Mushrooming exotic food enriches culture and tells reform benefits of Cuba

Mushrooming exotic food enriches culture and tells reform benefits of Cuba

With a breathtaking view of Havana, it would be a nice time to enjoy some steak at Nazdorovie, the only restaurant themed on former Soviet Union in the island nation.

(Soundbite) Gregory Biniowsky, Founder of Nazdarovie
“It is great that in Havana right now a culinary culture of diversity is being created, not just of Cuban food but international cuisines that are a fusion of everything. We have Cuban food, very good, and international cuisines, tasty as well. Now hot on service is niche food, or food of a specific culture. I think this enriches our culture.”

From a starter of meat-filled Pielmeni Raviolis, to a creamy Stroganoff beef with fresh mushrooms, then with a strong shot of Vodka as well as some caviar to complement the meal, a die-hard gourmet has no choice but return to Nazdarovie, time and again.

(Soundbite) Li Chenglin, Chinese Student
“We have lived here for 7 years and have never tasted food from Russia. We wanted to come to try and see.”

Biniowsky opened this eatery after President Raul Castro launched the economic reform in 2010. He chose to cash in on the 30-year-strong alliance between his motherland and the former Soviet Union, now called Russia.

His Russian dishes now gather hundreds of locals, foreign residents and tourists each day into the nostalgic aura set up by outdated posters, dolls and memorabilia.

On the other side of town, Topoly has also managed to carve a niche in the gastronomic arena of Havana with Iranian cuisine since its establishment two years ago.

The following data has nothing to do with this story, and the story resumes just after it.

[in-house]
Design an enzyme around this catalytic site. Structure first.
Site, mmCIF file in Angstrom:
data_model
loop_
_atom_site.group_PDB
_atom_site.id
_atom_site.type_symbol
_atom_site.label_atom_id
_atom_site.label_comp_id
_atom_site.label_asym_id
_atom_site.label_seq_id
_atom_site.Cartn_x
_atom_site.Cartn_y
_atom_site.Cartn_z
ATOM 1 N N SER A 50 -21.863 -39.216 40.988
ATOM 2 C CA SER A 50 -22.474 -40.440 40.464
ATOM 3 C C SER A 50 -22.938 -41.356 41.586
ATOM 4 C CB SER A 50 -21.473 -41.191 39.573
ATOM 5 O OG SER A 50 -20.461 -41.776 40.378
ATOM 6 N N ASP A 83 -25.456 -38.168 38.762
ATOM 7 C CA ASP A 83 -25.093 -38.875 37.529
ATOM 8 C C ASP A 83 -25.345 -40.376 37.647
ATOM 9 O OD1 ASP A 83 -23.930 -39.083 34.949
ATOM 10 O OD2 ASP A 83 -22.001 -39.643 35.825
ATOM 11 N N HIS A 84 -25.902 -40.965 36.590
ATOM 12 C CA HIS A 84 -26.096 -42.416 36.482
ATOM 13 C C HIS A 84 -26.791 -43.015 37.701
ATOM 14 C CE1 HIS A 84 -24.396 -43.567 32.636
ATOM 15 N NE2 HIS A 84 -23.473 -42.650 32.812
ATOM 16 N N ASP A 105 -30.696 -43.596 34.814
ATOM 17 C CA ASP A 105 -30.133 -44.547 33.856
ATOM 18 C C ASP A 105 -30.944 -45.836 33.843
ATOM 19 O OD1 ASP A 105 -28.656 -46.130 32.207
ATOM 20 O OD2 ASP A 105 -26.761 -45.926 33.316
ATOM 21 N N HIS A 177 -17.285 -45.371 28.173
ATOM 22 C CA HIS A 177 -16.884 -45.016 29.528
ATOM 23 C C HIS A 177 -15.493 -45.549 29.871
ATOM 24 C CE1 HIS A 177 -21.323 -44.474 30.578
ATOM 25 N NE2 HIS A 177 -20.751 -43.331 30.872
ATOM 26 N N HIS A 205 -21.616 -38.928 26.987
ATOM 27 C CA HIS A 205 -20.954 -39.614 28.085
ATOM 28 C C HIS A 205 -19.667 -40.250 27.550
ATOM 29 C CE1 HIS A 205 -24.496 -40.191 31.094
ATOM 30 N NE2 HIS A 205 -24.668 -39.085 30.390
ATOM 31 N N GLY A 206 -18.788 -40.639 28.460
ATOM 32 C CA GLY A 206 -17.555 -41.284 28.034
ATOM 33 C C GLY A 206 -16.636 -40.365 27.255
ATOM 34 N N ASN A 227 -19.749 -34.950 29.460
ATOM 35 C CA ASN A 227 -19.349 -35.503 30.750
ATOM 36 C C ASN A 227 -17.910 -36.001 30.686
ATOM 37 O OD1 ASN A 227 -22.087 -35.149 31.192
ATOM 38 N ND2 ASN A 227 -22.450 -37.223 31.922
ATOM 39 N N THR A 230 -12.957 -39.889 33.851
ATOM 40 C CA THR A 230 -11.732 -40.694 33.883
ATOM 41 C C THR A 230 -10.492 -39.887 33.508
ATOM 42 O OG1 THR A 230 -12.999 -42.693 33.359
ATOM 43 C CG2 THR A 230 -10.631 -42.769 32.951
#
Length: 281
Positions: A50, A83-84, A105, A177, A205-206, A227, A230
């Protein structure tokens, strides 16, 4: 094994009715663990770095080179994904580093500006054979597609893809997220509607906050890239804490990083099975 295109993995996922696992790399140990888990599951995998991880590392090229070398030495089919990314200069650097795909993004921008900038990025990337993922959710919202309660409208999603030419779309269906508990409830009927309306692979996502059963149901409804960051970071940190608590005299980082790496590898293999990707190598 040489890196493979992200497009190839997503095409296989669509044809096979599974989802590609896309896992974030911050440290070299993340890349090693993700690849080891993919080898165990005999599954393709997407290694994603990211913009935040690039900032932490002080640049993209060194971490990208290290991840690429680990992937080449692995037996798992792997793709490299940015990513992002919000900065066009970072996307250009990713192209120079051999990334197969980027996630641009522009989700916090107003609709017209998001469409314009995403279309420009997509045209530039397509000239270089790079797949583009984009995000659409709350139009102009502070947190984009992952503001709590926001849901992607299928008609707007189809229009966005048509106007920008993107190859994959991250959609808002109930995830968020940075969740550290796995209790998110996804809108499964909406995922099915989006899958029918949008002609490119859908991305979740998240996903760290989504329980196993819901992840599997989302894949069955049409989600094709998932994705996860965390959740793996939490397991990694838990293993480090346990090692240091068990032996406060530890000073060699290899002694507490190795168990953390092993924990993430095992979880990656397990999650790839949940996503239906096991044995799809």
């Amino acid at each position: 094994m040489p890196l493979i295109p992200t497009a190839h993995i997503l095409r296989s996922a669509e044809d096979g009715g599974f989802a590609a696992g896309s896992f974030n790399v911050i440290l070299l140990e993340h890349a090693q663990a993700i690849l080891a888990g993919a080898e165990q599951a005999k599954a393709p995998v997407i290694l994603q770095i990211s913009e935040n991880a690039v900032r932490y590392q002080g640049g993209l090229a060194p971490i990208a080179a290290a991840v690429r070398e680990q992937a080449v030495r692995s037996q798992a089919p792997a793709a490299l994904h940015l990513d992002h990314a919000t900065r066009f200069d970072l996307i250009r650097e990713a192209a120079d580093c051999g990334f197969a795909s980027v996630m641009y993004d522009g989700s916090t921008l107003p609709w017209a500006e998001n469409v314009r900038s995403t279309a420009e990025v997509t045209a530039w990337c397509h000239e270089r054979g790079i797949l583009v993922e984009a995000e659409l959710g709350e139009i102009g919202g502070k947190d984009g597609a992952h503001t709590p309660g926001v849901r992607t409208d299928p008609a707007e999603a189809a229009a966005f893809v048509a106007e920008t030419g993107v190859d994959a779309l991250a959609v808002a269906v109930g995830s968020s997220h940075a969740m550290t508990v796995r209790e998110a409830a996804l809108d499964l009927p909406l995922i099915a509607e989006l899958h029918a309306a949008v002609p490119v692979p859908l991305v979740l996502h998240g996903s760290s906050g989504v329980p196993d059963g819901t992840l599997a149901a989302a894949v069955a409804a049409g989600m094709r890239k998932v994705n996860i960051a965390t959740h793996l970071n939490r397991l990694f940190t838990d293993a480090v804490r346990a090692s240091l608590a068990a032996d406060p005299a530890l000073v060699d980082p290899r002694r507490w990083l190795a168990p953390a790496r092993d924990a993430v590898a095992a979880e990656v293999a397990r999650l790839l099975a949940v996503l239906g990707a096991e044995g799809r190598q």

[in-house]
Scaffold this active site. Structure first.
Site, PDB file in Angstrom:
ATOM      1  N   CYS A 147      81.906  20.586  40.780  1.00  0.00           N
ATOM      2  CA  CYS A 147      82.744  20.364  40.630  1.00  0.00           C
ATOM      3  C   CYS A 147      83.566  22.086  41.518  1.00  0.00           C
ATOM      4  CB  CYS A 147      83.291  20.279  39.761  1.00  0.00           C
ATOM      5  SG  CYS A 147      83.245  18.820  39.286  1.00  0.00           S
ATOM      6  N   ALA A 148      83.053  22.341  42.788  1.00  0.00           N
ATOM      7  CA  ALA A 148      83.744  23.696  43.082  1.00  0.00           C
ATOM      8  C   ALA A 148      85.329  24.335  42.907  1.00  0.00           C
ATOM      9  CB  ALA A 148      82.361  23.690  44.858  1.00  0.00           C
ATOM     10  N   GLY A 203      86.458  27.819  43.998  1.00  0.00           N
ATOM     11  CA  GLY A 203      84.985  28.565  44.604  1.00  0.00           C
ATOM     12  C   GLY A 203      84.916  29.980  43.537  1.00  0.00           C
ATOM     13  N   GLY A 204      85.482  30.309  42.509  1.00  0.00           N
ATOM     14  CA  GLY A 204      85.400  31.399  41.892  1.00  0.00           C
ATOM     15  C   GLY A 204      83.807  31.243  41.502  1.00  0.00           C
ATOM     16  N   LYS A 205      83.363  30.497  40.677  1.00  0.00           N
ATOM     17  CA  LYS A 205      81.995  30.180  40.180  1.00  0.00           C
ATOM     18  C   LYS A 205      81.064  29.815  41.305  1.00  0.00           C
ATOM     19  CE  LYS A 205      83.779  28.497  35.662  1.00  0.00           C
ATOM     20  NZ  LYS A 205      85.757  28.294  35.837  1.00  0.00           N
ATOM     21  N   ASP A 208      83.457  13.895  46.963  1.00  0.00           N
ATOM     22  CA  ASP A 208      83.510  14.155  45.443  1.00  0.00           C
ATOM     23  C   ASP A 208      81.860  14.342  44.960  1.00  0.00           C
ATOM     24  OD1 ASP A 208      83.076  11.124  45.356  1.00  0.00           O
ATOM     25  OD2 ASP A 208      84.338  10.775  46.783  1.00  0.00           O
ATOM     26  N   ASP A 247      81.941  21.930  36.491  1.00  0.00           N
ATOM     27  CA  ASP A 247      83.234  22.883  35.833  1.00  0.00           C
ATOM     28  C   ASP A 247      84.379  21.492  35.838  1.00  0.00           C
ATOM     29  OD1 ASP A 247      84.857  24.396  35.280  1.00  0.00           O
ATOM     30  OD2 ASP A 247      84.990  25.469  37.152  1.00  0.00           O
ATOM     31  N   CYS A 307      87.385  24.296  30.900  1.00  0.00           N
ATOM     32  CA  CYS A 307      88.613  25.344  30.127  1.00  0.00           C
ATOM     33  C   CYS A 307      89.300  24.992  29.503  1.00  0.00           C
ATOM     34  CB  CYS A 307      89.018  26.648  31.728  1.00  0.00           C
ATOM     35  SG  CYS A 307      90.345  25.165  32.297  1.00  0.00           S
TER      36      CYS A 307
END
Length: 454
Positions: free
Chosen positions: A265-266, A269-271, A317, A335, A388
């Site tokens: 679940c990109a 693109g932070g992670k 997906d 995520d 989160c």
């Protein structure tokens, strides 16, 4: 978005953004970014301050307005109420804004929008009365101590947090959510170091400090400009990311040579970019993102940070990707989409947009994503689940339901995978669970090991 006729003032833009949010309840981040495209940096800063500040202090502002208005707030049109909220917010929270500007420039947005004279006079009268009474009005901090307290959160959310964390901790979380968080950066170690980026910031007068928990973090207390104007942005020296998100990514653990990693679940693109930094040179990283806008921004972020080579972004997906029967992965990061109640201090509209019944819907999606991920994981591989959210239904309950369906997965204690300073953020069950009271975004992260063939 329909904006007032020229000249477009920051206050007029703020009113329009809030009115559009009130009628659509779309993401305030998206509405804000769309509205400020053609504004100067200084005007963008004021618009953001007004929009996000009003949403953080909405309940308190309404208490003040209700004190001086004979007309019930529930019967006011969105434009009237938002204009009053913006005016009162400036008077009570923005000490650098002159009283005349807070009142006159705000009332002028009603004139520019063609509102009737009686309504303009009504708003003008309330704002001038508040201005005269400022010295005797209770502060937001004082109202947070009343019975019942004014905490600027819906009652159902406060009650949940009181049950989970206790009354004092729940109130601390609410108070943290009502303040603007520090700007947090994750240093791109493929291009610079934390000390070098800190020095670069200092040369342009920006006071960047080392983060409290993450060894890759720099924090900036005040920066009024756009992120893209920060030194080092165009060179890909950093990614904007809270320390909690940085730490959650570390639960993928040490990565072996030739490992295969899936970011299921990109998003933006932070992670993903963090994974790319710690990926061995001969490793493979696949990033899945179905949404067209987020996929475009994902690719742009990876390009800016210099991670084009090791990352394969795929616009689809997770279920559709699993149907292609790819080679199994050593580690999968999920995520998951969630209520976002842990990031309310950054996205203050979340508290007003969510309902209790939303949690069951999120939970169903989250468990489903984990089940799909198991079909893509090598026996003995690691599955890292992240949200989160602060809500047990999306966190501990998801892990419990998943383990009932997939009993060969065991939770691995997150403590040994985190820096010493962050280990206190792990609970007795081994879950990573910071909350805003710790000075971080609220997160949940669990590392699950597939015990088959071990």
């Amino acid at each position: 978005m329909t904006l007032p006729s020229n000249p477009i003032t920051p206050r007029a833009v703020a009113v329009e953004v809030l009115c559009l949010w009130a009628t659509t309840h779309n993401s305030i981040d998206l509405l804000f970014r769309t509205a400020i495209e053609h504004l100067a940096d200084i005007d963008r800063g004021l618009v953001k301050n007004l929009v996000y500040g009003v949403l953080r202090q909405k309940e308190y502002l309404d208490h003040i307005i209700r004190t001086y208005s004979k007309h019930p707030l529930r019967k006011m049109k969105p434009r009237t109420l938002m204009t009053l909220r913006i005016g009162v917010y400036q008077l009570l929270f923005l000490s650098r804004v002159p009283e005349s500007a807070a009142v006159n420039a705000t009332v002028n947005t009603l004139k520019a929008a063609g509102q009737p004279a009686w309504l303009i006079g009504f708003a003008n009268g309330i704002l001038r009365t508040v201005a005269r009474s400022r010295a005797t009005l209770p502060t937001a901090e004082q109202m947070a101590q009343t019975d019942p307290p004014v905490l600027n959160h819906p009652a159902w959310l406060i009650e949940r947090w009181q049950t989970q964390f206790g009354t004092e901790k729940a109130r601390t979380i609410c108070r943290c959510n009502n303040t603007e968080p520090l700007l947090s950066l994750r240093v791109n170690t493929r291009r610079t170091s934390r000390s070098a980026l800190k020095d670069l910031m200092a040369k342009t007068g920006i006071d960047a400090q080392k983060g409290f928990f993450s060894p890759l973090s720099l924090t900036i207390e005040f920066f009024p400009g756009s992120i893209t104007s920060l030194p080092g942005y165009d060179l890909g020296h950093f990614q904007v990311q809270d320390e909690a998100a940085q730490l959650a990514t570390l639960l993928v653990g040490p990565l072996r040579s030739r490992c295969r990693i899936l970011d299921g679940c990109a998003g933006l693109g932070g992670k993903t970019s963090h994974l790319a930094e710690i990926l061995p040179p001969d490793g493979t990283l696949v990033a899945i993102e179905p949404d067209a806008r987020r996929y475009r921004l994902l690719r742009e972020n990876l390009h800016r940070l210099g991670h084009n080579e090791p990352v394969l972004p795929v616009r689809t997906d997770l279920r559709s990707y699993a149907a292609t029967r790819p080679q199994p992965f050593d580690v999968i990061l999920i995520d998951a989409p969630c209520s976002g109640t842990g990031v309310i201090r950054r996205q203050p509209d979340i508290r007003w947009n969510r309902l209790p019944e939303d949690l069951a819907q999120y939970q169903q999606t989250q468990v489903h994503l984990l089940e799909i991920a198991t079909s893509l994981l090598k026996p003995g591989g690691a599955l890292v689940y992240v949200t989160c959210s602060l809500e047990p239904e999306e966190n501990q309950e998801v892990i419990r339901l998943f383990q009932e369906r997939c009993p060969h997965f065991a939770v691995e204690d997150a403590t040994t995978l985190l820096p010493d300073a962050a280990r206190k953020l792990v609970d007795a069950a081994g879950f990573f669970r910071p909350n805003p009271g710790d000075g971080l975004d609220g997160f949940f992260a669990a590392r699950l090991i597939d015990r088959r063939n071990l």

(Soundbite) Farrokh Nourbakht, Founder of Topoly
“Cubans believe this is a different type of restaurant. I do not talk about quality, because I should not talk about it. But really, the Iranian culture is new in Cuba.”

Among its most requested dishes is falafel, a typical Iranian vegetable croquette.
Also on demand is the national dish chelo kabab kubideh. It is made up of lamb, white rice, Shirazi salad, grilled tomatoes, yogurt and mint masto khiar dip.

(Soundbite) Farrokh Nourbakht, Founder of Topoly
“I am happy, because after almost 3 years many people come back over and over again, very much pleased to learn about another culture.”

For Cubans, it is a unique chance to learn a new culinary concept, after years of traditional dishes based on rice, beans and pork due to the severe economic crisis in the 1990s.

(Soundbite) Rita Pereira, Cuban Diner
“It is a one-of-a-kind place that expands our cultural and culinary knowledge and lets us learn about another country through its food.”

With up to 4 million tourists expected within the year, many self-employed Cubans are still bracing to start new businesses that will literally make the capital an amalgam of flavors.
As one of the results of the economic transformation carried out by the government in recent years, the explosion of flavors and foreign cultures has only multiplied offers and culinary delights to the country, but imaginations and expectations of a better future.

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